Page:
By Dow Jones Business News,
August 01, 2014, 10:05:00 AM EDT
U.S. auto demand roared ahead in July thanks to healthy summer sales incentives, with top auto makers posting near
double-digit increases over last year on top of already-high sales levels in the U.S.
Underlying the momentum is evidence that auto makers are resorting to more discounts and rebates in a battle to
maintain market share. TrueCar Inc., the Internet-based auto-pricing service and research firm, said incentive spending
rose 8.4% from last July, the highest level since July 2010.
General Motors Co., Chrysler Group LLC, Ford Motor Co. and Nissan Motor Co all reported gains.
Sergio Marchionne, chief executive officer of Fiat Chrysler Automobiles NV, said earlier this week that incentive
spending hurt profitability in North America and that the company was planning to rein in spending going forward.
New car sales have been a bright spot in consumer spending and the U.S. economy in recent years, and some analysts and
auto executives believe the industry is near its peak for normal demand following deep declines in 2008 and 2009.
Edmunds.com, a car shopping website, forecasts the industry sales rate to be 16.8 million units for July on an
annualized rate, the highest since July 2006. The sales rate is getting near historic highs for the U.S., when sales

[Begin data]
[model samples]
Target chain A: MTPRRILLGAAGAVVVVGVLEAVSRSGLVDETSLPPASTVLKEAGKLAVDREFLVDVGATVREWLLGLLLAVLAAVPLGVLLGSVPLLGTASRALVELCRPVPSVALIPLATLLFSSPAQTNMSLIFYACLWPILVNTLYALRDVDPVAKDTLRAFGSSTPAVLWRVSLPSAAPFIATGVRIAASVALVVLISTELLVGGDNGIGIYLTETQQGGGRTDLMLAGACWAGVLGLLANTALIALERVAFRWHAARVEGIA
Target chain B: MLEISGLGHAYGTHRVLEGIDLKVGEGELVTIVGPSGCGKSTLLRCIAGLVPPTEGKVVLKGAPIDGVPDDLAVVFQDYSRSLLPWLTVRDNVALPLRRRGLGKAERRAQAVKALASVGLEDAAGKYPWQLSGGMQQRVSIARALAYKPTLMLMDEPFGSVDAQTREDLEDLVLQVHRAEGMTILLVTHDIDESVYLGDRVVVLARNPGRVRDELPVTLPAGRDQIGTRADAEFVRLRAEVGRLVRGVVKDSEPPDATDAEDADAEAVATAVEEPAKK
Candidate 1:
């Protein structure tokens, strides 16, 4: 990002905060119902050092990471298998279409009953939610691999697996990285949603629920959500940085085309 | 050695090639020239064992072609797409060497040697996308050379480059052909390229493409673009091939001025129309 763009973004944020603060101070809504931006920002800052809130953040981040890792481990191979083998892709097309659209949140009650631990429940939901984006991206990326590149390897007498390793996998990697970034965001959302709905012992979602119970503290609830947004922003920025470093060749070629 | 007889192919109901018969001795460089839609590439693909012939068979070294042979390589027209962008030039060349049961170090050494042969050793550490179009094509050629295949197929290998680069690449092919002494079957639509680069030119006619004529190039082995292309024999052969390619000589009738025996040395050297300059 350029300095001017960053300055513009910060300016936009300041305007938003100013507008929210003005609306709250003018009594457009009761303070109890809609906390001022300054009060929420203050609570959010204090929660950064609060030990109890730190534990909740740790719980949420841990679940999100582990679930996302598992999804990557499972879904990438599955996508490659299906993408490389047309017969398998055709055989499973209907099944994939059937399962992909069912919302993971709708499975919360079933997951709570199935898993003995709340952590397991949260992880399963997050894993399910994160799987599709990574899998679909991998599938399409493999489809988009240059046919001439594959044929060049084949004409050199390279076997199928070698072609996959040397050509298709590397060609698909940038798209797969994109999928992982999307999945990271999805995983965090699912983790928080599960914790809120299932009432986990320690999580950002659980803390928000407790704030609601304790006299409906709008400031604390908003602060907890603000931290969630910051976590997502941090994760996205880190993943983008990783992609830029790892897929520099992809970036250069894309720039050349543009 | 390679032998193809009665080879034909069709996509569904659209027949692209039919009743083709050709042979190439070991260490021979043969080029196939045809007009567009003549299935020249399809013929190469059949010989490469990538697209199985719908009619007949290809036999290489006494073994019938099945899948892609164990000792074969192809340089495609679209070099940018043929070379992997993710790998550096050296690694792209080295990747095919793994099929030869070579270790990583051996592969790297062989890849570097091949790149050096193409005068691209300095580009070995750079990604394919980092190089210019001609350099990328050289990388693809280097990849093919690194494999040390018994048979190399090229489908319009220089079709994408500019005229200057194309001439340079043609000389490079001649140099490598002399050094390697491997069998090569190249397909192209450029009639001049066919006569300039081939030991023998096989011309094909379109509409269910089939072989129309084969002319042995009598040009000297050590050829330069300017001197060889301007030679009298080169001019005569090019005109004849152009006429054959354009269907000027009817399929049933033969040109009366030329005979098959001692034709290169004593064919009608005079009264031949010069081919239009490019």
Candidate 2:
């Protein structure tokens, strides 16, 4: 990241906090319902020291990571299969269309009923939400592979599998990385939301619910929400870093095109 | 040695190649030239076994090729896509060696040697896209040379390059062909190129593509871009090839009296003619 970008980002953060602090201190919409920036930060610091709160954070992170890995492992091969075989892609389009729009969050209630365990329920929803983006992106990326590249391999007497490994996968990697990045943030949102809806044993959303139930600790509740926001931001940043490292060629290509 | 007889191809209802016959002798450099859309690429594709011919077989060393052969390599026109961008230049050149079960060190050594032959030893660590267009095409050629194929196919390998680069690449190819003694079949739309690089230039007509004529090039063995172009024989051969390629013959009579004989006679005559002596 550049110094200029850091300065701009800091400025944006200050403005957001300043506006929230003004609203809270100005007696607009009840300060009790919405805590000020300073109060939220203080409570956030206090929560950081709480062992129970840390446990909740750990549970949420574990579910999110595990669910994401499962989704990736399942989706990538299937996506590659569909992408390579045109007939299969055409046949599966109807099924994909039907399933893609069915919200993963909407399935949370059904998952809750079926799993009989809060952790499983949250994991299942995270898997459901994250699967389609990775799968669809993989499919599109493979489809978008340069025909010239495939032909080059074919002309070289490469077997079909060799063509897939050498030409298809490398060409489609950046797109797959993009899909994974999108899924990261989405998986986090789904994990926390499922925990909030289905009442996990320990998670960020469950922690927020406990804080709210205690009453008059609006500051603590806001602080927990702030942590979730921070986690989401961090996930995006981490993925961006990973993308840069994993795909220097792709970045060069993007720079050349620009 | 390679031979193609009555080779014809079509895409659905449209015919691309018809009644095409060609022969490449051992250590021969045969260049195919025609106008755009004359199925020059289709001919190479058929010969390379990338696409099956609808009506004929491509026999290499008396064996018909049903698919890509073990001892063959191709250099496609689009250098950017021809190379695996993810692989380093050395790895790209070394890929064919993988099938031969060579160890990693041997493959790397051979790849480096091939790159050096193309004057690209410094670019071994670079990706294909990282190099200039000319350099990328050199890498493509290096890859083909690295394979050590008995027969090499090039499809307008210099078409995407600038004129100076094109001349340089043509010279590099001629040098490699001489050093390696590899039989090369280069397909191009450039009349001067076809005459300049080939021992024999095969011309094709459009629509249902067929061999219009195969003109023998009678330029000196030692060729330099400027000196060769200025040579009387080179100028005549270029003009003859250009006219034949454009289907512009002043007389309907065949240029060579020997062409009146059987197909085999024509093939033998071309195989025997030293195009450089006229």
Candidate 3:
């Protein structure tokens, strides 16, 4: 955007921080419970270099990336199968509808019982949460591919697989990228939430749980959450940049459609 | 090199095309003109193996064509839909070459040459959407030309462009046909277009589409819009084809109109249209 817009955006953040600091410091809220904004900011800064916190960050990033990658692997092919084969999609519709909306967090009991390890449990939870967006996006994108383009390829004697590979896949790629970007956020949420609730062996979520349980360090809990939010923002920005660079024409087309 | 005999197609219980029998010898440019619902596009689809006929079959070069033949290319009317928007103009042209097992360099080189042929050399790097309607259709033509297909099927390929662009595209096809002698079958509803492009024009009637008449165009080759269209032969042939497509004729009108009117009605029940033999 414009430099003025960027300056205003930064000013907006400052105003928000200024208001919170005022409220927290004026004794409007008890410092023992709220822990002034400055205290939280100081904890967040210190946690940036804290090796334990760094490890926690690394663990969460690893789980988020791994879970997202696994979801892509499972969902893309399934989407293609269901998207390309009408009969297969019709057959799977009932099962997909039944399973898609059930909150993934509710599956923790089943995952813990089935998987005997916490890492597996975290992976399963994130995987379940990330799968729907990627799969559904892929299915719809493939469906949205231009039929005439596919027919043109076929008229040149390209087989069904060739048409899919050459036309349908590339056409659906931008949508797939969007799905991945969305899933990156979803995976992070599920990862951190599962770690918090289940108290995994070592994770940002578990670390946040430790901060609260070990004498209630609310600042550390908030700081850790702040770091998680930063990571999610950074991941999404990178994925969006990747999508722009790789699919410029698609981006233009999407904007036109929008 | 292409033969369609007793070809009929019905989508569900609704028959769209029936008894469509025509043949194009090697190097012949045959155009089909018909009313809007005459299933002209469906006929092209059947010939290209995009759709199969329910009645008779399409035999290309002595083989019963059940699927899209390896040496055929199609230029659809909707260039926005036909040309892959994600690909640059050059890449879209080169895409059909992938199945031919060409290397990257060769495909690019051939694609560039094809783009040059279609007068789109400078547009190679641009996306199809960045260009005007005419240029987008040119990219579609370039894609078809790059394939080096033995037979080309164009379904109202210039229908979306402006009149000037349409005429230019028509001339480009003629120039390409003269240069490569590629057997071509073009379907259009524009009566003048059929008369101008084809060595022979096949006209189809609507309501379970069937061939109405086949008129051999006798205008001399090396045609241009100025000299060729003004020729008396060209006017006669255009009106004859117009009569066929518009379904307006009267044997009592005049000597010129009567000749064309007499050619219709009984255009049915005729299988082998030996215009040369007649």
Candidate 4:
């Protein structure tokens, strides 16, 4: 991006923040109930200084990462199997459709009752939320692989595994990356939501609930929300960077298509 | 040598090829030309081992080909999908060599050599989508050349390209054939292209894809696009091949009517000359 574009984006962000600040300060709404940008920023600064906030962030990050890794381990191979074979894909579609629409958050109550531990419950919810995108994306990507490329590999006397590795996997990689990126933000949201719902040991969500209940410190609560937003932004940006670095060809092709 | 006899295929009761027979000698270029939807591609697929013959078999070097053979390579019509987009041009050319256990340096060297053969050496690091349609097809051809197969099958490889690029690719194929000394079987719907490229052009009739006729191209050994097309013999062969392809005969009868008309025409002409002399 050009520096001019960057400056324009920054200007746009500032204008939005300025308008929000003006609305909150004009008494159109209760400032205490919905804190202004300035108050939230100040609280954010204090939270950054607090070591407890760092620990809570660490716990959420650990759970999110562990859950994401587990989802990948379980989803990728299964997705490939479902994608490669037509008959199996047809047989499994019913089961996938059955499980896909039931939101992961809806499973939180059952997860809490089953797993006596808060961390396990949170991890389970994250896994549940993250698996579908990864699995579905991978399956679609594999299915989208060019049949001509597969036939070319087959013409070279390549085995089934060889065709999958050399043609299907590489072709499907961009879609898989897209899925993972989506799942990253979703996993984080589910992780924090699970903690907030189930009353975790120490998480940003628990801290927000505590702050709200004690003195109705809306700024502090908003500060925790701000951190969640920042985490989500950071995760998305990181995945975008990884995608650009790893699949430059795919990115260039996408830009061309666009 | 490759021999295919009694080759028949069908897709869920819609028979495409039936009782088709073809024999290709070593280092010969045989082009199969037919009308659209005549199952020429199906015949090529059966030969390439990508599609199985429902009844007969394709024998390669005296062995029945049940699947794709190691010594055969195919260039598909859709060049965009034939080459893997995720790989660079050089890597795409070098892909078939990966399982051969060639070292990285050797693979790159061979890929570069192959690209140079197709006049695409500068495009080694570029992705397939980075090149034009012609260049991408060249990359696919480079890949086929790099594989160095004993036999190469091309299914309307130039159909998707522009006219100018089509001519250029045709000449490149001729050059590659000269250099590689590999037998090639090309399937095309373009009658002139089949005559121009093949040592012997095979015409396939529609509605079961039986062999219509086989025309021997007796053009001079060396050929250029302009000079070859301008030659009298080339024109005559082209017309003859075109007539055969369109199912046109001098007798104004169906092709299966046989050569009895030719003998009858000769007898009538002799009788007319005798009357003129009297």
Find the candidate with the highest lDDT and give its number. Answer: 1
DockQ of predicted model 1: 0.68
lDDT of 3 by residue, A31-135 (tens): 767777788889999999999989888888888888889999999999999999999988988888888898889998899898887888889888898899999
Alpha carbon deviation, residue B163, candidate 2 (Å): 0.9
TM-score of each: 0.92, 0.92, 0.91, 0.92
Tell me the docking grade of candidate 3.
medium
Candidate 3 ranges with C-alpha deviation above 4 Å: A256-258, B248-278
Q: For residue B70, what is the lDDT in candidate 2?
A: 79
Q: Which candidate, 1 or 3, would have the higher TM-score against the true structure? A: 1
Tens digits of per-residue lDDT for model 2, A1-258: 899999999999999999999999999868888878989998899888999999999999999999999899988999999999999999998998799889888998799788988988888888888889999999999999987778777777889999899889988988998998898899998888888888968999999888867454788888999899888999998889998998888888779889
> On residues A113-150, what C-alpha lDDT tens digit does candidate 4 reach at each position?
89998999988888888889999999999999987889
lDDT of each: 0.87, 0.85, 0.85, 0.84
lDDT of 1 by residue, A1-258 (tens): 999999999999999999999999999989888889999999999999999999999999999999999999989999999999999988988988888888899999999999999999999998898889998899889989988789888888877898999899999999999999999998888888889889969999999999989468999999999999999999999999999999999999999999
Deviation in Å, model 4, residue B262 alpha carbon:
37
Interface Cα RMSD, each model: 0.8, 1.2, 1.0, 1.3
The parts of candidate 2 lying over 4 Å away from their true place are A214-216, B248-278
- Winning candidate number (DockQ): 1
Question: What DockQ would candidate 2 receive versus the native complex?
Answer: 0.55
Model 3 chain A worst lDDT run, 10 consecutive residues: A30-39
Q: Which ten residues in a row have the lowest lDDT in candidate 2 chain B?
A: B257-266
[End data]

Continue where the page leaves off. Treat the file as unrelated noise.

touched 17 million in 2000. Those years, however, were fueled by much heavier use of subsidized leases and sales of new
cars to rental car fleets.
A Ford economist, Emily Kolinski Morris, said the company expects U.S. economic growth to be about 3% for the third
and fourth quarter, supporting continued strong demand.
"This is a pretty well supported (sales) level for the industry," she said. "We are getting to a level where you might
see some ups and downs."
General Motors Co., the largest U.S. auto maker, said sales rose 9.4% to 256,160 in July, driven by a 22% increase
from its GMC truck and SUV brand. Ford, the number 2 U.S. auto maker, said sales increased 9.5% to 211,467, excluding
its heavy trucks. Chrysler said sales jumped 20% to 167,667, and Nissan said sales increased 11.4% to 121,452.
Sport-utility vehicles remained popular. Ford said sales of its SUVs rose 17.1% in July. Similarly, Chrysler's Jeep
brand, made up of utilities, had a 41% increase over a year ago.
"The key behind this trend is the growth of the compact crossover SUV market. The segment's share of all sales has
nearly doubled in the last decade," said Jessica Caldwell, an analyst with Edmunds.
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